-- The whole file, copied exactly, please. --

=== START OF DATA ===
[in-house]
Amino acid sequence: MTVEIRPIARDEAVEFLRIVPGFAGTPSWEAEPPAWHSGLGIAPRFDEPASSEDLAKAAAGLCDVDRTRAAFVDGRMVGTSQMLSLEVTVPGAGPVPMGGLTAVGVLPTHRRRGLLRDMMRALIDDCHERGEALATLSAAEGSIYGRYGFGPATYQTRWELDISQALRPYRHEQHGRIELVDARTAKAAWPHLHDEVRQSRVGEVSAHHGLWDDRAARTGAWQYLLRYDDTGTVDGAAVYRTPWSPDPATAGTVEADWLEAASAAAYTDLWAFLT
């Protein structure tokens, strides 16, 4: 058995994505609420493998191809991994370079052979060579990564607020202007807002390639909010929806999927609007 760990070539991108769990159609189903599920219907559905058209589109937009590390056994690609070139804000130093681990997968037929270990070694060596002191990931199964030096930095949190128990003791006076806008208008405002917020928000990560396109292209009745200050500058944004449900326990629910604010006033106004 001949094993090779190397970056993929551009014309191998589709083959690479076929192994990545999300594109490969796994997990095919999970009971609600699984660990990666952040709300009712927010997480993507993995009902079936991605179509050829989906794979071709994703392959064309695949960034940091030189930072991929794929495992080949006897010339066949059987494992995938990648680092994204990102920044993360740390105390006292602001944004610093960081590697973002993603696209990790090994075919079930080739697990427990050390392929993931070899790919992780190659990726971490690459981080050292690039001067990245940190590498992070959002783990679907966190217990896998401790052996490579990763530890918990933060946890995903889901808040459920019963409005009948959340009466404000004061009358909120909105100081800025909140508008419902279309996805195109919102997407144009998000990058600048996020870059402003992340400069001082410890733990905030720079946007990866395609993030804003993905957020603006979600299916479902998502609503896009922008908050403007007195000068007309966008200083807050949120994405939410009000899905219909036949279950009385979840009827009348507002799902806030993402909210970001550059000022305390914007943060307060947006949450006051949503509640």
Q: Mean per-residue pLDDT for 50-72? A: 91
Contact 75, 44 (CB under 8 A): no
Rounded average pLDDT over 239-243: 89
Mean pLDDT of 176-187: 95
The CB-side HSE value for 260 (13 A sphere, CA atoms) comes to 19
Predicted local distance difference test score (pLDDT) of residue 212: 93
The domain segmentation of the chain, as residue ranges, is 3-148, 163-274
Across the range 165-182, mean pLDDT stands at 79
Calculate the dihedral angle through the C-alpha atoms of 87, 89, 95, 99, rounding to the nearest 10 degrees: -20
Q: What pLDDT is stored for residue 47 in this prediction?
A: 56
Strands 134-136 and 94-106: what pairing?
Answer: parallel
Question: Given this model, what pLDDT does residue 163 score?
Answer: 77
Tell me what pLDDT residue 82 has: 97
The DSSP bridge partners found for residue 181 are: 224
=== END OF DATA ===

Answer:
[in-house]
Amino acid sequence: MTVEIRPIARDEAVEFLRIVPGFAGTPSWEAEPPAWHSGLGIAPRFDEPASSEDLAKAAAGLCDVDRTRAAFVDGRMVGTSQMLSLEVTVPGAGPVPMGGLTAVGVLPTHRRRGLLRDMMRALIDDCHERGEALATLSAAEGSIYGRYGFGPATYQTRWELDISQALRPYRHEQHGRIELVDARTAKAAWPHLHDEVRQSRVGEVSAHHGLWDDRAARTGAWQYLLRYDDTGTVDGAAVYRTPWSPDPATAGTVEADWLEAASAAAYTDLWAFLT
């Protein structure tokens, strides 16, 4: 058995994505609420493998191809991994370079052979060579990564607020202007807002390639909010929806999927609007 760990070539991108769990159609189903599920219907559905058209589109937009590390056994690609070139804000130093681990997968037929270990070694060596002191990931199964030096930095949190128990003791006076806008208008405002917020928000990560396109292209009745200050500058944004449900326990629910604010006033106004 001949094993090779190397970056993929551009014309191998589709083959690479076929192994990545999300594109490969796994997990095919999970009971609600699984660990990666952040709300009712927010997480993507993995009902079936991605179509050829989906794979071709994703392959064309695949960034940091030189930072991929794929495992080949006897010339066949059987494992995938990648680092994204990102920044993360740390105390006292602001944004610093960081590697973002993603696209990790090994075919079930080739697990427990050390392929993931070899790919992780190659990726971490690459981080050292690039001067990245940190590498992070959002783990679907966190217990896998401790052996490579990763530890918990933060946890995903889901808040459920019963409005009948959340009466404000004061009358909120909105100081800025909140508008419902279309996805195109919102997407144009998000990058600048996020870059402003992340400069001082410890733990905030720079946007990866395609993030804003993905957020603006979600299916479902998502609503896009922008908050403007007195000068007309966008200083807050949120994405939410009000899905219909036949279950009385979840009827009348507002799902806030993402909210970001550059000022305390914007943060307060947006949450006051949503509640």
Q: Mean per-residue pLDDT for 50-72? A: 91
Contact 75, 44 (CB under 8 A): no
Rounded average pLDDT over 239-243: 89
Mean pLDDT of 176-187: 95
The CB-side HSE value for 260 (13 A sphere, CA atoms) comes to 19
Predicted local distance difference test score (pLDDT) of residue 212: 93
The domain segmentation of the chain, as residue ranges, is 3-148, 163-274
Across the range 165-182, mean pLDDT stands at 79
Calculate the dihedral angle through the C-alpha atoms of 87, 89, 95, 99, rounding to the nearest 10 degrees: -20
Q: What pLDDT is stored for residue 47 in this prediction?
A: 56
Strands 134-136 and 94-106: what pairing?
Answer: parallel
Question: Given this model, what pLDDT does residue 163 score?
Answer: 77
Tell me what pLDDT residue 82 has: 97
The DSSP bridge partners found for residue 181 are: 224